Im Focus: First evidence on the source of extragalactic particles

For the first time ever, scientists have determined the cosmic origin of highest-energy neutrinos. A research group led by IceCube scientist Elisa Resconi, spokesperson of the Collaborative Research Center SFB1258 at the Technical University of Munich (TUM), provides an important piece of evidence that the particles detected by the IceCube neutrino telescope at the South Pole originate from a galaxy four billion light-years away from Earth.

To rule out other origins with certainty, the team led by neutrino physicist Elisa Resconi from the Technical University of Munich and multi-wavelength...

Im Focus: Magnetic vortices: Two independent magnetic skyrmion phases discovered in a single material

For the first time a team of researchers have discovered two different phases of magnetic skyrmions in a single material. Physicists of the Technical Universities of Munich and Dresden and the University of Cologne can now better study and understand the properties of these magnetic structures, which are important for both basic research and applications.

Whirlpools are an everyday experience in a bath tub: When the water is drained a circular vortex is formed. Typically, such whirls are rather stable. Similar...

Im Focus: Breaking the bond: To take part or not?

Physicists working with Roland Wester at the University of Innsbruck have investigated if and how chemical reactions can be influenced by targeted vibrational excitation of the reactants. They were able to demonstrate that excitation with a laser beam does not affect the efficiency of a chemical exchange reaction and that the excited molecular group acts only as a spectator in the reaction.

A frequently used reaction in organic chemistry is nucleophilic substitution. It plays, for example, an important role in in the synthesis of new chemical...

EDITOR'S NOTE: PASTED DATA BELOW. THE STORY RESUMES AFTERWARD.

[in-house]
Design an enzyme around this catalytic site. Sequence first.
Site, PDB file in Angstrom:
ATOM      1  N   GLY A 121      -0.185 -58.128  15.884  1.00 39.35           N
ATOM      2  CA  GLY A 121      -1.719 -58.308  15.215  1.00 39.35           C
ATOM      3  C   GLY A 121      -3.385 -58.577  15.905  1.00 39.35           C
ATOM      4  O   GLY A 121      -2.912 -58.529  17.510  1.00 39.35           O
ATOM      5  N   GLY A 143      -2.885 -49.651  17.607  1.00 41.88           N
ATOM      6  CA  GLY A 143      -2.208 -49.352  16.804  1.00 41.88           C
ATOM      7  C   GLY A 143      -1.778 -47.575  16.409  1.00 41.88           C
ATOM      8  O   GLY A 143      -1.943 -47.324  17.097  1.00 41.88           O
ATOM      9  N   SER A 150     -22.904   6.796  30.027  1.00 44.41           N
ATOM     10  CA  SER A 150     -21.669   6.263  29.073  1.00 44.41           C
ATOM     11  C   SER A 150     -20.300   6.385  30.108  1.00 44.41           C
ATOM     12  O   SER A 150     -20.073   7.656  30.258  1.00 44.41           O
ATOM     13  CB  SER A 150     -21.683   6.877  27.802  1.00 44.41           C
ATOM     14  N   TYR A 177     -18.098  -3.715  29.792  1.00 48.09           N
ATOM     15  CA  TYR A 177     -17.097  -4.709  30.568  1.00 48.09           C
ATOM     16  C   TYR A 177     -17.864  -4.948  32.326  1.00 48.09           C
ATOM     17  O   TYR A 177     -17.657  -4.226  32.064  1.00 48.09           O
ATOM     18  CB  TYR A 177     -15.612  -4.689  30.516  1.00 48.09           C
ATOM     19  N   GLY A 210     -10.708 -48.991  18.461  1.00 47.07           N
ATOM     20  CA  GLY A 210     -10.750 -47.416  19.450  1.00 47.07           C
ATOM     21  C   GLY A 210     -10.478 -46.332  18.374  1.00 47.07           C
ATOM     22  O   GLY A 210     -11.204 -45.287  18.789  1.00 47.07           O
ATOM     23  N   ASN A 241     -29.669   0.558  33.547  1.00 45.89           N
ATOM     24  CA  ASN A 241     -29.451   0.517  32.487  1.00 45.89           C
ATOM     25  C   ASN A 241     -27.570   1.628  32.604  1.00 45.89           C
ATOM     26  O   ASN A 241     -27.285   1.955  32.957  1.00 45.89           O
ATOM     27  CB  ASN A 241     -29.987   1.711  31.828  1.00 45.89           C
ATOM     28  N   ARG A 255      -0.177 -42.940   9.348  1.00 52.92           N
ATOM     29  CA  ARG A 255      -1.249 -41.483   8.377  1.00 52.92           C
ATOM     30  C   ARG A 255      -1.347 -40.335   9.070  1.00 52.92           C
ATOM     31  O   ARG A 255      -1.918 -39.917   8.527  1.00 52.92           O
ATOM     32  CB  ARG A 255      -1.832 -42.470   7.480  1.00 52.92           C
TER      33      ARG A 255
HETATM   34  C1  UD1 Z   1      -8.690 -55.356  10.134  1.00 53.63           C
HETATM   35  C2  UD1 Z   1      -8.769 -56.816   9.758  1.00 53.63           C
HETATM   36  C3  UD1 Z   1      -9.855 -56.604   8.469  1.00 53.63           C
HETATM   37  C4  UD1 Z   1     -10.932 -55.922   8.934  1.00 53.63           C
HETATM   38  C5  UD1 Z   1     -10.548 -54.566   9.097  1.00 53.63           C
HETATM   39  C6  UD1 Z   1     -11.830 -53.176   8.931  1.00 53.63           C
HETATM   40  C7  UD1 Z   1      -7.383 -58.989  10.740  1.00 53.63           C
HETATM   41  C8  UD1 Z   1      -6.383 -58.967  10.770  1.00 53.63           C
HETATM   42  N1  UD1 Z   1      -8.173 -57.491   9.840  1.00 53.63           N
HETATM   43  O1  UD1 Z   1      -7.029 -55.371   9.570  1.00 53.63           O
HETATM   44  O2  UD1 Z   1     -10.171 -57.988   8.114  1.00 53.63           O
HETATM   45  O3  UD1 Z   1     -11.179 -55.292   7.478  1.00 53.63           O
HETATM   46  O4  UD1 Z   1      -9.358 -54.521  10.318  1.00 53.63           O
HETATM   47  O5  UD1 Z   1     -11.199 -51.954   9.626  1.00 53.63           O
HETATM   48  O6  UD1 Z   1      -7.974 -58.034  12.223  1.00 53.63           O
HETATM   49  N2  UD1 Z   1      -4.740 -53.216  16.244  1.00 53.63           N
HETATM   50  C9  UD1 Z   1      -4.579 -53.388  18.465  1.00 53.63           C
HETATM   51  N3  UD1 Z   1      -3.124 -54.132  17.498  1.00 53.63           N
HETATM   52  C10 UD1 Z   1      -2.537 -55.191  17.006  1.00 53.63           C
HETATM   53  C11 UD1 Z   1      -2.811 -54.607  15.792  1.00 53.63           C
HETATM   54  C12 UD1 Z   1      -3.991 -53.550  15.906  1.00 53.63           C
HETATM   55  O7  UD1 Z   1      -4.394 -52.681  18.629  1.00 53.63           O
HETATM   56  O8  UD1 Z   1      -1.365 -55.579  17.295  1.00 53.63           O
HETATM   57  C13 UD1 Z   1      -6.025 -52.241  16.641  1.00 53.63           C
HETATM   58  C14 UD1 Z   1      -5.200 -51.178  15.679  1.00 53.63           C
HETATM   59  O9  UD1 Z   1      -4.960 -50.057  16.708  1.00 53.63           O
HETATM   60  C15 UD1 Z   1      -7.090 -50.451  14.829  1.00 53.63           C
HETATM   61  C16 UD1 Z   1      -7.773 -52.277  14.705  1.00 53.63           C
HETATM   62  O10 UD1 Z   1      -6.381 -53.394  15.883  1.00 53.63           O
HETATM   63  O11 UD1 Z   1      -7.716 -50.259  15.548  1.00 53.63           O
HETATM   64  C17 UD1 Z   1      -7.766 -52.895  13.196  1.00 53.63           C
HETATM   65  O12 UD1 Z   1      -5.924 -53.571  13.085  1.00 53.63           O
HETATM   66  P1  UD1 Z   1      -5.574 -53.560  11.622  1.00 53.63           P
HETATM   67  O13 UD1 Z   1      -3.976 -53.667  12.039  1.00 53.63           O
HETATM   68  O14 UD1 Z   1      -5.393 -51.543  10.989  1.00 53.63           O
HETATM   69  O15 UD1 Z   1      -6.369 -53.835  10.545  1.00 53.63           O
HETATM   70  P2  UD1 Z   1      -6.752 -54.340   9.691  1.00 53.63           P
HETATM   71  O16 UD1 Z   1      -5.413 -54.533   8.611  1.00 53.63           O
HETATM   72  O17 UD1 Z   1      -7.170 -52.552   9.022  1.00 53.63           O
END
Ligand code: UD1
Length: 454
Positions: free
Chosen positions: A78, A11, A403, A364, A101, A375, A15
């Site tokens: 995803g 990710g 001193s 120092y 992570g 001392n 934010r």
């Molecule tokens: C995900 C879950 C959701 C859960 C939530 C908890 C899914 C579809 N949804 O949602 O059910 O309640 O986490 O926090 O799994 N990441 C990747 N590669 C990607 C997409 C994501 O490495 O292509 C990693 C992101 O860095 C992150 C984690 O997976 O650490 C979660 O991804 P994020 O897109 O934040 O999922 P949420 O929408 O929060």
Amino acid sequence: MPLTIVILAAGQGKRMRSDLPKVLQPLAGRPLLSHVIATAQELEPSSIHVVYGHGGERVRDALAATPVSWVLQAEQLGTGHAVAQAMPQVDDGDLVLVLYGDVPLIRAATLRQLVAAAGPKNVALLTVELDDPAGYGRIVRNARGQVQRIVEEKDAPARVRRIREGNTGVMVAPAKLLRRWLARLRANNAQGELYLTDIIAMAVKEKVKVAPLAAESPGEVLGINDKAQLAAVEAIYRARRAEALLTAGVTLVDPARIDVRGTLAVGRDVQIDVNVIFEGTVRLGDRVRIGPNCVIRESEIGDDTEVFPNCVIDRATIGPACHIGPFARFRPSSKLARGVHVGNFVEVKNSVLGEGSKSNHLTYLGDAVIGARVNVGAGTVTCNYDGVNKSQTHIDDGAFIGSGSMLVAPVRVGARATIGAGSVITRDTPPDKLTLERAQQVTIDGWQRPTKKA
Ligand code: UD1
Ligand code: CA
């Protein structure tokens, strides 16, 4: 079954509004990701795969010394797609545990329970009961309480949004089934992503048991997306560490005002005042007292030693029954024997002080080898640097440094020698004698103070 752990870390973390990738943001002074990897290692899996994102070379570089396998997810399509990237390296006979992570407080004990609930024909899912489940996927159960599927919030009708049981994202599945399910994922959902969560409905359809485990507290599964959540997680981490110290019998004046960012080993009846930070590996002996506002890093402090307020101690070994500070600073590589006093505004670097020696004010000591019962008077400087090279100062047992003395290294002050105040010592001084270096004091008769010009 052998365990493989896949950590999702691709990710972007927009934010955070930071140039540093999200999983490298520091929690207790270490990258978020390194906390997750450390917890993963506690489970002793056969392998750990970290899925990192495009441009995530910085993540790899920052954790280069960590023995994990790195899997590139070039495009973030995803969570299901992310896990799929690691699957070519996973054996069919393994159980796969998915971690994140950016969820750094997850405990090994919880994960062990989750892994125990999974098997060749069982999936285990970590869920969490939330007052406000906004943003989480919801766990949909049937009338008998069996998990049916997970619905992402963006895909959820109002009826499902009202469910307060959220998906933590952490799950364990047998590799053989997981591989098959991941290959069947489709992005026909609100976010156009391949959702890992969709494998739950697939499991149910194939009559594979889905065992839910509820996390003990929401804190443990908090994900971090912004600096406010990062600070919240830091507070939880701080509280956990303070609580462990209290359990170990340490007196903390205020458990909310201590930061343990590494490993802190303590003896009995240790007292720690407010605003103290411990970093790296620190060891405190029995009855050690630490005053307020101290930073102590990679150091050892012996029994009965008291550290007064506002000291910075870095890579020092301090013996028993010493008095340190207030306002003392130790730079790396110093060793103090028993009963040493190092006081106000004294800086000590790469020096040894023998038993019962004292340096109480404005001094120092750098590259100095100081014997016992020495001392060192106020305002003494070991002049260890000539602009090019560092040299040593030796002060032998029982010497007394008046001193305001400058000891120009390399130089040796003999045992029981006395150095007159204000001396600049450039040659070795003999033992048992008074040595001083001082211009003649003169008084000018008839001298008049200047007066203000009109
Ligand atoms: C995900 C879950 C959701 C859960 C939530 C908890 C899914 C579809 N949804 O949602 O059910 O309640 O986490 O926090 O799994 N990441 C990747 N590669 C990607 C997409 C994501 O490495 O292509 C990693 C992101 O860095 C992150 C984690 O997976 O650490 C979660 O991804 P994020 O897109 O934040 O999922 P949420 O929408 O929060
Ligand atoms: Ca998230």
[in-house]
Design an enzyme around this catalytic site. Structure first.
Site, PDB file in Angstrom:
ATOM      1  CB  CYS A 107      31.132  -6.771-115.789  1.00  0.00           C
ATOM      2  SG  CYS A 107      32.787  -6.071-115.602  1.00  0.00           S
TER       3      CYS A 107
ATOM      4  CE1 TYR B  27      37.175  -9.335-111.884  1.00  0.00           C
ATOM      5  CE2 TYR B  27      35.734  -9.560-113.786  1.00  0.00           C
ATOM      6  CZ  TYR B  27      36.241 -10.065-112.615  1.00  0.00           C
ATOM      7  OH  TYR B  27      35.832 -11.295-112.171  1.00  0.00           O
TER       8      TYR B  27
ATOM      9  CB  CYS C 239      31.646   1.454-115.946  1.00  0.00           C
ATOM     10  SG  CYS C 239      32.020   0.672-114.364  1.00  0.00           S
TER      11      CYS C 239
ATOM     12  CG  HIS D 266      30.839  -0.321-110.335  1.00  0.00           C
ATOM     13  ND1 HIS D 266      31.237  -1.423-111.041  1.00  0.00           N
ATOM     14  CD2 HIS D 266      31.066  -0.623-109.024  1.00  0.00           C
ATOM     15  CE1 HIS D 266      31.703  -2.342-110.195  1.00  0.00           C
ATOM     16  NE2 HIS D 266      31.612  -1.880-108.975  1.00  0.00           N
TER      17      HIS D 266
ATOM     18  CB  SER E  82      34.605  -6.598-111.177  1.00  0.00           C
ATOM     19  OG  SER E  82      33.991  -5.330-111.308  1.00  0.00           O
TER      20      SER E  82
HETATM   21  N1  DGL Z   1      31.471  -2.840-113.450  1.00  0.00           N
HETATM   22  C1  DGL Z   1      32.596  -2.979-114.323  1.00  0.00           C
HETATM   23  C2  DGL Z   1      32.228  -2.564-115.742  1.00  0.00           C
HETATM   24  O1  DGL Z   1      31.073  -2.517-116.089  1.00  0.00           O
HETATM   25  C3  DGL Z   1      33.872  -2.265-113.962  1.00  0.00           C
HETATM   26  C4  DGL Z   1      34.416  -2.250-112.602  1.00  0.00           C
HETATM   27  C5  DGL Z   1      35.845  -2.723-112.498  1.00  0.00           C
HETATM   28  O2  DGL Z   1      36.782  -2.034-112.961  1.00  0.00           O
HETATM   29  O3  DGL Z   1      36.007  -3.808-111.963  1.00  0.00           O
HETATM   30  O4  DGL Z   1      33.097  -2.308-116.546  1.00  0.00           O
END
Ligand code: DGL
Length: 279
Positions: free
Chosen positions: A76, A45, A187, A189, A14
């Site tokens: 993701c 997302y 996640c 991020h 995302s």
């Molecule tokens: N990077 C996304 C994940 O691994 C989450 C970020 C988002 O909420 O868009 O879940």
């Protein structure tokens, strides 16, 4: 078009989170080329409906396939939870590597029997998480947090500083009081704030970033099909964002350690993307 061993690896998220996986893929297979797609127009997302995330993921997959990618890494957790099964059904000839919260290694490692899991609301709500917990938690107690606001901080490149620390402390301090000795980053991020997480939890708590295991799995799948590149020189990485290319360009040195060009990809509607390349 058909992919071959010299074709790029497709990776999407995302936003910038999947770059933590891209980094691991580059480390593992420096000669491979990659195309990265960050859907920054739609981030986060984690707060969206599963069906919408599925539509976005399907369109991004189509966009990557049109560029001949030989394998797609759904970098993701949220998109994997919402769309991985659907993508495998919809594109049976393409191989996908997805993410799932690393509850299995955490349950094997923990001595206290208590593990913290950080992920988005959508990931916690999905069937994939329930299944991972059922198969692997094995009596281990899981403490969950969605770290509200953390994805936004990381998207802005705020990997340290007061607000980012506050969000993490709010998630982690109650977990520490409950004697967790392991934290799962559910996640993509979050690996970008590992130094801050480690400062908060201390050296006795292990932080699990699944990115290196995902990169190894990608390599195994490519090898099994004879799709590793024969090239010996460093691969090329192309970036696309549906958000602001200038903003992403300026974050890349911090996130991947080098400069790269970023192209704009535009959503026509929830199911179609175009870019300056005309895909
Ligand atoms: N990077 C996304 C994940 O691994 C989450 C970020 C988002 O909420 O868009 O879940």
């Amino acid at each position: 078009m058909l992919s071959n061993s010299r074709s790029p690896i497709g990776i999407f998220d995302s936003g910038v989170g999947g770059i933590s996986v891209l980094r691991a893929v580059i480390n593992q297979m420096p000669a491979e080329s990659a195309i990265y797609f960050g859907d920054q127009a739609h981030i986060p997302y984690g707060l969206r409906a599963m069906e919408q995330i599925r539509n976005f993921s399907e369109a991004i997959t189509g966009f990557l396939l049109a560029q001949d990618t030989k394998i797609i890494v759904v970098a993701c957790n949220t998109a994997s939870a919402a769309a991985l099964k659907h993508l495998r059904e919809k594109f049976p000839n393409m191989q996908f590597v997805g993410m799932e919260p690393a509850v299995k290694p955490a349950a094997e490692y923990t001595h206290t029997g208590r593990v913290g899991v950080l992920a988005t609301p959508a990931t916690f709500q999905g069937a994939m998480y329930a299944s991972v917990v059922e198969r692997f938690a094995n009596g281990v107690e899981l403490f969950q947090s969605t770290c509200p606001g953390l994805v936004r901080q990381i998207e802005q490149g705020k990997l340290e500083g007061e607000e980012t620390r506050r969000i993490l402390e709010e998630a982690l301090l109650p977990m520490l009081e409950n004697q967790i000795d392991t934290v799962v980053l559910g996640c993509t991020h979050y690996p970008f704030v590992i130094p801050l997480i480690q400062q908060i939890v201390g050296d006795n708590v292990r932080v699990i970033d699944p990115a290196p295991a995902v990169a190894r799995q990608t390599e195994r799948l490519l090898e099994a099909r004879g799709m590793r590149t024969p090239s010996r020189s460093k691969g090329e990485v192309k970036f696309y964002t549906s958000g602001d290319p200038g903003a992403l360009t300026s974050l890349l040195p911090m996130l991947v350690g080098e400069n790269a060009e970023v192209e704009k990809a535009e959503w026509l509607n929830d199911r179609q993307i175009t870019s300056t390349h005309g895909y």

Im Focus: New 2D Spectroscopy Methods

Optical spectroscopy allows investigating the energy structure and dynamic properties of complex quantum systems. Researchers from the University of Würzburg present two new approaches of coherent two-dimensional spectroscopy.

"Put an excitation into the system and observe how it evolves." According to physicist Professor Tobias Brixner, this is the credo of optical spectroscopy....

All Focus news of the innovation-report >>>

Anzeige

Anzeige

VideoLinks
Industry & Economy
Event News

Leading experts in Diabetes, Metabolism and Biomedical Engineering discuss Precision Medicine

13.07.2018 | Event News

Conference on Laser Polishing – LaP: Fine Tuning for Surfaces

12.07.2018 | Event News

11th European Wood-based Panel Symposium 2018: Meeting point for the wood-based materials industry

03.07.2018 | Event News

 
Latest News

A smart safe rechargeable zinc ion battery based on sol-gel transition electrolytes

20.07.2018 | Power and Electrical Engineering

Reversing cause and effect is no trouble for quantum computers

20.07.2018 | Information Technology

Princeton-UPenn research team finds physics treasure hidden in a wallpaper pattern

20.07.2018 | Materials Sciences

VideoLinks
Science & Research
Overview of more VideoLinks >>>